I recently had a misd. jury trial where the defendants (2) had not been charged until 14 months after the incident. The defense attorneys made a great deal of this fact to the jury throughout the trial.
The reason the charge took so long is that it was reduced from a felony assault on a public servant to resisting arrest (of a third person.
Would it have been proper to respond to defense in closing argument? How?
You can't respond to that sort of thing in closing argument unless you're referring to matters in evidence. (Correct argument only raises factual matters in evidence or reasonable deductions). Time to strike was (really carefully) in response/rebuttal of any defense questioning on the issue, e.g., if defense asked questions of state or defense witnesses that placed delay before the jury and left a false impression. At that point you'd have to be awfully careful not to overstep any door that was opened for answer -- this sort of thing is beyond extraneous offense evidence, because you obviously can't prove up the greater charge. In addition, if defense brought it up through defense witness you could get into improper impeachment issues pretty quickly. But if defense really raised issue of delay to suggest lack of diligence or imply that police doubted credibility of the witnesses, you're entitled at a minimum to respond with evidence that you were actually investigating and had filed an unspecified charge that was later modified to the current charge. Just don't go overboard.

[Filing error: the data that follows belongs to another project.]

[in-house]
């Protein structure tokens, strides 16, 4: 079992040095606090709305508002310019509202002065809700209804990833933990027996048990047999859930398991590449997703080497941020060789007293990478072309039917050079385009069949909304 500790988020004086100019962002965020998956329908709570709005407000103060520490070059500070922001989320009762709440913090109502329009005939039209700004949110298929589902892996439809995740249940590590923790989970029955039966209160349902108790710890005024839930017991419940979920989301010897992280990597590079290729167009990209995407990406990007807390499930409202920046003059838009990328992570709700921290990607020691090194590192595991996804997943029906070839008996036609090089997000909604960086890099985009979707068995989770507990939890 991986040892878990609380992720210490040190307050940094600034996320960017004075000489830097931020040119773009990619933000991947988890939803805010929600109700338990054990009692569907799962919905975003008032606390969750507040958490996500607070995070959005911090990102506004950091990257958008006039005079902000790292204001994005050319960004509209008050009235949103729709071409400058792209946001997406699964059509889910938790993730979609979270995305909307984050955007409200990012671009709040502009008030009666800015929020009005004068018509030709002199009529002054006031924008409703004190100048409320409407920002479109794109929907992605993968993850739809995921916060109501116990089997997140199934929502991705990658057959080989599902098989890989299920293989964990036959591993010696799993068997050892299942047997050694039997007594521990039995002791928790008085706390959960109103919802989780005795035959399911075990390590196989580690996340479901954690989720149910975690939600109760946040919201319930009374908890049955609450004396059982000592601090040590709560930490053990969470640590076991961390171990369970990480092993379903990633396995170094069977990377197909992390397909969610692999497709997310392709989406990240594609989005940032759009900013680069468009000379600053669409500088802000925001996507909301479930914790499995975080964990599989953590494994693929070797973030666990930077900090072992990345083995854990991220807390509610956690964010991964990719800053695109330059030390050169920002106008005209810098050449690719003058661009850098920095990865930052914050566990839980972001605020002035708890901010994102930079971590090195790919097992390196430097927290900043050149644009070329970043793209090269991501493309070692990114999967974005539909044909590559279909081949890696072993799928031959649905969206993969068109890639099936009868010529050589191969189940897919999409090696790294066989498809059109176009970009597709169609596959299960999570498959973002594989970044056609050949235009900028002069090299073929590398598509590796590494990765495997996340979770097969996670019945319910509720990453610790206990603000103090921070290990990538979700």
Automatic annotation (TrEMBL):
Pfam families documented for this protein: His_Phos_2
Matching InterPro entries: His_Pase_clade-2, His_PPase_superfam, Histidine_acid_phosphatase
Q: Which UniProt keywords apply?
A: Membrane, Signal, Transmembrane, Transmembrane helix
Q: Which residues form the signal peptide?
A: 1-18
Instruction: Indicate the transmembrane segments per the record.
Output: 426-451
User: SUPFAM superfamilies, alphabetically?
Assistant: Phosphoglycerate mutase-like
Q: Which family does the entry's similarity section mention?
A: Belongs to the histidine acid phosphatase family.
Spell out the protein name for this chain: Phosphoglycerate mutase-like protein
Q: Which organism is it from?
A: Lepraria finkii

Of course, it shouldn't take 14 months to evaluate a case and decide it was a misdemeanor instead of a felony.
Thanks John. That is pretty much what I felt also, so I didn't make any response. Didn't seem to hurt the jury any.
The officer who made the original report was suspended for 4 months on another matter. Then it went into the felony/misdemeanor mix. Really hope this issue doesn't come up again.
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